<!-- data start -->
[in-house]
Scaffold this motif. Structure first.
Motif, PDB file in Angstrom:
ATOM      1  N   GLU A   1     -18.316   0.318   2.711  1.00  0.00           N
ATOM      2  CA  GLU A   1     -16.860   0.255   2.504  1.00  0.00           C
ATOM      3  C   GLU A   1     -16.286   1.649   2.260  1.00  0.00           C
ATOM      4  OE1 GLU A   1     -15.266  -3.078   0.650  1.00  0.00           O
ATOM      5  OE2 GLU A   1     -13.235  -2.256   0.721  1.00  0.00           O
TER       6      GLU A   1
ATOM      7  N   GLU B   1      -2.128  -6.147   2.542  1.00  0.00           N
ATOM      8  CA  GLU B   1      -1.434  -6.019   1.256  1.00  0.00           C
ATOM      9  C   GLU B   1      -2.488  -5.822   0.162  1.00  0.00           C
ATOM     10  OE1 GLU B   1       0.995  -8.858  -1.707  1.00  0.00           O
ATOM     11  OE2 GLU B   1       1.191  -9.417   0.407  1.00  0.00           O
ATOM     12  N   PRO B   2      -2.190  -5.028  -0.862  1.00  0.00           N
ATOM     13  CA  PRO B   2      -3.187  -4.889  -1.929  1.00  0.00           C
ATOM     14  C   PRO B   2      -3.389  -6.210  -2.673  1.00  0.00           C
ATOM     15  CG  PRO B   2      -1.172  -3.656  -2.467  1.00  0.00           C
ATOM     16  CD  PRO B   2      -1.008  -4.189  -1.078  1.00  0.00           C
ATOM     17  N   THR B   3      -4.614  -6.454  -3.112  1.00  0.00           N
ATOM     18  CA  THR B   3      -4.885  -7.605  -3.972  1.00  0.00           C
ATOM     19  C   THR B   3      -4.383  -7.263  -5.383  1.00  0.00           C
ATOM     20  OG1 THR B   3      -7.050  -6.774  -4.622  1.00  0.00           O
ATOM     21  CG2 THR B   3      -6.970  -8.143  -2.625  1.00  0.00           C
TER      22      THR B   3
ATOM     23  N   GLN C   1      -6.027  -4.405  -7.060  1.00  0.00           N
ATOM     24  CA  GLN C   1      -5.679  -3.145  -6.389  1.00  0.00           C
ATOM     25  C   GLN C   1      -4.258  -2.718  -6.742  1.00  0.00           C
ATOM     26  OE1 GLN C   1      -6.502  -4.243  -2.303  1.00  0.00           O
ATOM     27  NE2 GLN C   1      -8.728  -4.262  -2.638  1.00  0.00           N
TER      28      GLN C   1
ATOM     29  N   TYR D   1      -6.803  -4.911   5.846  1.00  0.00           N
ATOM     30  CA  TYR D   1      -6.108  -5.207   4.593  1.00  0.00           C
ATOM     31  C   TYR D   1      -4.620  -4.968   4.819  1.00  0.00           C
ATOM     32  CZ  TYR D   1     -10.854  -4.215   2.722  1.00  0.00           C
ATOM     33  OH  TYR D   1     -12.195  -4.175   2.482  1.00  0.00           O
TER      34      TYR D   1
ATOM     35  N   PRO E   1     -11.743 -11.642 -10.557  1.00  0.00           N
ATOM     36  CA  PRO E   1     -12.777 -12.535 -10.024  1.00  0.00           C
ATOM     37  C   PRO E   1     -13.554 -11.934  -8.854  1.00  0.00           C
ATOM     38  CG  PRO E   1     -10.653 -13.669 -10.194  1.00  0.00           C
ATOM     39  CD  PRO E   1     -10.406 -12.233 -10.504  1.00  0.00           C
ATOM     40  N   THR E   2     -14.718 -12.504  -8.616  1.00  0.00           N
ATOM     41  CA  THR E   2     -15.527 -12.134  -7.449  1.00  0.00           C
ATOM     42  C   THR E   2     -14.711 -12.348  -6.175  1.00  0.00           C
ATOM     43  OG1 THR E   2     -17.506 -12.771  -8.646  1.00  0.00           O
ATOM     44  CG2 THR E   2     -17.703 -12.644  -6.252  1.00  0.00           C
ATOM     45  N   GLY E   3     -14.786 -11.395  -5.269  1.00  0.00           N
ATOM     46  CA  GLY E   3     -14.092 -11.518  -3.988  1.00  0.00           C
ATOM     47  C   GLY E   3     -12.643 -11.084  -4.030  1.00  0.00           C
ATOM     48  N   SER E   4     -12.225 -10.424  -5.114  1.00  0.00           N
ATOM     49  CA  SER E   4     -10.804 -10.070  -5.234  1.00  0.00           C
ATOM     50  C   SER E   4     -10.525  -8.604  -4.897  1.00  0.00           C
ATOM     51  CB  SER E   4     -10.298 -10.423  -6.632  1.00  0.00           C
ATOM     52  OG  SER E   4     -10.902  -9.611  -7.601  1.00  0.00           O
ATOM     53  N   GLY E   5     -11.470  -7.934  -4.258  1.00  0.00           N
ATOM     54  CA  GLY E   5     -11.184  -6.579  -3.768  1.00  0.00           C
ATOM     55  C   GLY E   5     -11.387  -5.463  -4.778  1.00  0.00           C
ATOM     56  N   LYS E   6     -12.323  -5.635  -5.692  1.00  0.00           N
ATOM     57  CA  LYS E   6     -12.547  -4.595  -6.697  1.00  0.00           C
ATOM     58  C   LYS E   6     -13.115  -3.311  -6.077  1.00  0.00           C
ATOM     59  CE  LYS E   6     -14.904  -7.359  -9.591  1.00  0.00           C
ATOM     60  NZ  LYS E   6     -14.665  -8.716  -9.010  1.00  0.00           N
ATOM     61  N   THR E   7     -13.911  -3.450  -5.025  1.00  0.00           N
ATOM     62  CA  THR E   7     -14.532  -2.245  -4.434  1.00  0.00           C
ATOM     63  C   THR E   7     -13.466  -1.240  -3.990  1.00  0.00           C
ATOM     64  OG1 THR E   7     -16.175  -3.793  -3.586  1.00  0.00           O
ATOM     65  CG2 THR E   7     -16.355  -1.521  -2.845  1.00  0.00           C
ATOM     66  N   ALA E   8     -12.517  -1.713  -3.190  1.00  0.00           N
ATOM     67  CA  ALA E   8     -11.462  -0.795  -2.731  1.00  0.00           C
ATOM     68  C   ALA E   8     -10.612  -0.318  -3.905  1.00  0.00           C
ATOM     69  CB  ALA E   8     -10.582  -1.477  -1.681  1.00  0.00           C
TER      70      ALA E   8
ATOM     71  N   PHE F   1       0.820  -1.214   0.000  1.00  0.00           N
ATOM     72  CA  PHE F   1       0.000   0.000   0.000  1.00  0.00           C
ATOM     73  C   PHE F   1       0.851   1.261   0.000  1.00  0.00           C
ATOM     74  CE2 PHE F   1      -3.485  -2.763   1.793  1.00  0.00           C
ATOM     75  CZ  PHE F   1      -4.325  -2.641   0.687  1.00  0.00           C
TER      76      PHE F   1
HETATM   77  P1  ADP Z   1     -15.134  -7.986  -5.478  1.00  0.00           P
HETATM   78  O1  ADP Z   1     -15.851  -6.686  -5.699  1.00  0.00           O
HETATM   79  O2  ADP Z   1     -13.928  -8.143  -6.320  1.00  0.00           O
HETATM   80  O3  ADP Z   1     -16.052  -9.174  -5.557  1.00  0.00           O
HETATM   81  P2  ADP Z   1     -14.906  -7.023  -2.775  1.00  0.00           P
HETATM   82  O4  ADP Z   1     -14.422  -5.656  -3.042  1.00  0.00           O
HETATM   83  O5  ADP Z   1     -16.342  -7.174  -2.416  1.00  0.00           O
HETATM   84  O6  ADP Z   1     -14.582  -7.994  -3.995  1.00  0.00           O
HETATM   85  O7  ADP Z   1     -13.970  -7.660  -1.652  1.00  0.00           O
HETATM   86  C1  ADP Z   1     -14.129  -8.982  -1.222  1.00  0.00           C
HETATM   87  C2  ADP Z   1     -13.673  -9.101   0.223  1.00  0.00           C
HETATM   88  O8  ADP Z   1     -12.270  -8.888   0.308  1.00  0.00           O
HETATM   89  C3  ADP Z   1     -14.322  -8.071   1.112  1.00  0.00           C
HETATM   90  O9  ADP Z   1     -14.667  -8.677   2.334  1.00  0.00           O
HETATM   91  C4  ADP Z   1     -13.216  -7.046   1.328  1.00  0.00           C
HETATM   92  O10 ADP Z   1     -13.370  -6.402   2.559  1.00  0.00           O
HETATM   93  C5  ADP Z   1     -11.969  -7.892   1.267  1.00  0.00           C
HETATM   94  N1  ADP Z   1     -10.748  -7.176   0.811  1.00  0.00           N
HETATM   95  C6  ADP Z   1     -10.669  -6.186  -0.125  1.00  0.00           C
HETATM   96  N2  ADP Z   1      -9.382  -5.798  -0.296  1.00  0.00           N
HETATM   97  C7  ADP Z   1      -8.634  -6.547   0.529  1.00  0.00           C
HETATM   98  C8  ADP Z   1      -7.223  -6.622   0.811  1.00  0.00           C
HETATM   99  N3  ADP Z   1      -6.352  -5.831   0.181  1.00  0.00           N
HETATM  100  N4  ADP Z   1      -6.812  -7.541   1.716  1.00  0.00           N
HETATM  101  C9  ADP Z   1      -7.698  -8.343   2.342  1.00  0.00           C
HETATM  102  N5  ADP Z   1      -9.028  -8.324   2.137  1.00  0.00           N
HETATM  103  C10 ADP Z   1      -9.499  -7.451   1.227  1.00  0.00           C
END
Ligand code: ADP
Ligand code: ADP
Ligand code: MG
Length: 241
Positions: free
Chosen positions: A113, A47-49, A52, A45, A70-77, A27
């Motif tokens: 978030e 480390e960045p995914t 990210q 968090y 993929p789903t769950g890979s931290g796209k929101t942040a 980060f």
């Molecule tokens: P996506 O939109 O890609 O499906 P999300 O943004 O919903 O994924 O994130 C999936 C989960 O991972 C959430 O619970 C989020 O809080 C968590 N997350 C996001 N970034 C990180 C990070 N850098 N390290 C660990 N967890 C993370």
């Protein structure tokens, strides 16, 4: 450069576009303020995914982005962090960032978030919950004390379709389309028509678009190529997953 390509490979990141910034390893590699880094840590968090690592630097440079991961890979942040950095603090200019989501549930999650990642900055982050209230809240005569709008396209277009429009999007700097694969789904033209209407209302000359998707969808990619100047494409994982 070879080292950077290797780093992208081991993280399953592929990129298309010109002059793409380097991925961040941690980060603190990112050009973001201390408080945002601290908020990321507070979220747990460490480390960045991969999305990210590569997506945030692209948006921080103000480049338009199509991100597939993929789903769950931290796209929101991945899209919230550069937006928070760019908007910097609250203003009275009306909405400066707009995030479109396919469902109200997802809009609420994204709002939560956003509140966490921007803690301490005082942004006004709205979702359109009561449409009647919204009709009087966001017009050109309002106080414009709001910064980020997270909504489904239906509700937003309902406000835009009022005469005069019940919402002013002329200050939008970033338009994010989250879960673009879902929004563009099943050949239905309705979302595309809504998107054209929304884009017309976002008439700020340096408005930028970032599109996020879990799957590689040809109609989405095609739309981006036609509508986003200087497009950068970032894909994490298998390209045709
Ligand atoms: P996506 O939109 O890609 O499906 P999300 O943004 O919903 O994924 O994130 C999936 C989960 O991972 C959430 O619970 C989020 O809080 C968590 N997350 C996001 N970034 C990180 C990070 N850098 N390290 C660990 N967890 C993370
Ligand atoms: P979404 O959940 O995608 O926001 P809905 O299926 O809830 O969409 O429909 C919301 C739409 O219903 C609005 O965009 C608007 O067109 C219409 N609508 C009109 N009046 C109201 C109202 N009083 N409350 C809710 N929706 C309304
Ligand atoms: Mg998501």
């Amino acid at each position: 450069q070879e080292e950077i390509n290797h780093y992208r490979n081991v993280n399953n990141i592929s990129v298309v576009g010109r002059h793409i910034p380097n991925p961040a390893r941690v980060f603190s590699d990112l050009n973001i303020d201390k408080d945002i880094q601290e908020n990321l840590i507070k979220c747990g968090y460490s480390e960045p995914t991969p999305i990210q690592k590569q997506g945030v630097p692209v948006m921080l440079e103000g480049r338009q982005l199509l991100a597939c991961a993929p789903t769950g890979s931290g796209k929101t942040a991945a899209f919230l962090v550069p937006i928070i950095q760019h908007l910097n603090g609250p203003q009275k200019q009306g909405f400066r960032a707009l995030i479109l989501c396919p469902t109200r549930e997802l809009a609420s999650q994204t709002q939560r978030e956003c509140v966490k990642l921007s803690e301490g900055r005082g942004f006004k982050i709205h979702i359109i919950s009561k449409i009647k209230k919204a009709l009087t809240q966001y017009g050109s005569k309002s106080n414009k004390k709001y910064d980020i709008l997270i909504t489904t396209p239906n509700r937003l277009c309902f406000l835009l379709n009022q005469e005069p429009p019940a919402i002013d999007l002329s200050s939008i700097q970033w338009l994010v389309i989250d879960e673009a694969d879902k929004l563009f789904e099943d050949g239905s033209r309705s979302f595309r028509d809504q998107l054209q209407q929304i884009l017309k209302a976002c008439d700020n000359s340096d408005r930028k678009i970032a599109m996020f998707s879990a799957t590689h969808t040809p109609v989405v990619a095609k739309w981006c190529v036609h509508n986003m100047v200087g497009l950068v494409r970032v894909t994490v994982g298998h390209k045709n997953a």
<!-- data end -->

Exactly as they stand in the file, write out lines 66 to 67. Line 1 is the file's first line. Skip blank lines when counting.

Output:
ATOM     63  C   THR E   7     -13.466  -1.240  -3.990  1.00  0.00           C
ATOM     64  OG1 THR E   7     -16.175  -3.793  -3.586  1.00  0.00           O